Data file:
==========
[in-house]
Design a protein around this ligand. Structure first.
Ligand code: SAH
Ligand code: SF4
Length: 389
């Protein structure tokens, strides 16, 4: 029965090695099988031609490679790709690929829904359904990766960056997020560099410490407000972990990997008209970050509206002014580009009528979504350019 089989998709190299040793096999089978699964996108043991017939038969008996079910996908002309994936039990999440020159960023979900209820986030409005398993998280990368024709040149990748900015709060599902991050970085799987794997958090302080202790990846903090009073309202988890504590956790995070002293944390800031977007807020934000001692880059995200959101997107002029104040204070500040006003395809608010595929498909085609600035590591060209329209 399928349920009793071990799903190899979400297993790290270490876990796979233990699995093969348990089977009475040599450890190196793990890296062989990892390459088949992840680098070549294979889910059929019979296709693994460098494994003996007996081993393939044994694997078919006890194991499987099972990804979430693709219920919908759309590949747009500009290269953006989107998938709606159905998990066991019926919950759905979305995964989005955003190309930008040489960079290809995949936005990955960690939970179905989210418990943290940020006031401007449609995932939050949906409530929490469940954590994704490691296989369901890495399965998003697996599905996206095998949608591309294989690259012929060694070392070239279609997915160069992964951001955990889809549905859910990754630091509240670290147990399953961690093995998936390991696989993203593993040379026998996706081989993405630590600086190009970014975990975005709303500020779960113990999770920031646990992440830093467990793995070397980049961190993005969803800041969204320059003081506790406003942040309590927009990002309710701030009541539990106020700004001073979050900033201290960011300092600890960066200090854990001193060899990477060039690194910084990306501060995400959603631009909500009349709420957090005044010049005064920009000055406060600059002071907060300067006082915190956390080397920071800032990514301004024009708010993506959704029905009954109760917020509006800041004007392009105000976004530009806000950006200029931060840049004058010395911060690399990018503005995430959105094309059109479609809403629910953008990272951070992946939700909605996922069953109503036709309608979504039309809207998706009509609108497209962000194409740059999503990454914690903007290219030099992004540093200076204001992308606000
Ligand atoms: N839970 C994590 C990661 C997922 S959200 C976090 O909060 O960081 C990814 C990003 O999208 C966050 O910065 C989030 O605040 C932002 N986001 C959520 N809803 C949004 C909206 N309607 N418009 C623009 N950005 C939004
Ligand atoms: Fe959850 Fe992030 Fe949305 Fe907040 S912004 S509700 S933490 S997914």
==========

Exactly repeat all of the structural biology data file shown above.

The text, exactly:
[in-house]
Design a protein around this ligand. Structure first.
Ligand code: SAH
Ligand code: SF4
Length: 389
């Protein structure tokens, strides 16, 4: 029965090695099988031609490679790709690929829904359904990766960056997020560099410490407000972990990997008209970050509206002014580009009528979504350019 089989998709190299040793096999089978699964996108043991017939038969008996079910996908002309994936039990999440020159960023979900209820986030409005398993998280990368024709040149990748900015709060599902991050970085799987794997958090302080202790990846903090009073309202988890504590956790995070002293944390800031977007807020934000001692880059995200959101997107002029104040204070500040006003395809608010595929498909085609600035590591060209329209 399928349920009793071990799903190899979400297993790290270490876990796979233990699995093969348990089977009475040599450890190196793990890296062989990892390459088949992840680098070549294979889910059929019979296709693994460098494994003996007996081993393939044994694997078919006890194991499987099972990804979430693709219920919908759309590949747009500009290269953006989107998938709606159905998990066991019926919950759905979305995964989005955003190309930008040489960079290809995949936005990955960690939970179905989210418990943290940020006031401007449609995932939050949906409530929490469940954590994704490691296989369901890495399965998003697996599905996206095998949608591309294989690259012929060694070392070239279609997915160069992964951001955990889809549905859910990754630091509240670290147990399953961690093995998936390991696989993203593993040379026998996706081989993405630590600086190009970014975990975005709303500020779960113990999770920031646990992440830093467990793995070397980049961190993005969803800041969204320059003081506790406003942040309590927009990002309710701030009541539990106020700004001073979050900033201290960011300092600890960066200090854990001193060899990477060039690194910084990306501060995400959603631009909500009349709420957090005044010049005064920009000055406060600059002071907060300067006082915190956390080397920071800032990514301004024009708010993506959704029905009954109760917020509006800041004007392009105000976004530009806000950006200029931060840049004058010395911060690399990018503005995430959105094309059109479609809403629910953008990272951070992946939700909605996922069953109503036709309608979504039309809207998706009509609108497209962000194409740059999503990454914690903007290219030099992004540093200076204001992308606000
Ligand atoms: N839970 C994590 C990661 C997922 S959200 C976090 O909060 O960081 C990814 C990003 O999208 C966050 O910065 C989030 O605040 C932002 N986001 C959520 N809803 C949004 C909206 N309607 N418009 C623009 N950005 C939004
Ligand atoms: Fe959850 Fe992030 Fe949305 Fe907040 S912004 S509700 S933490 S997914």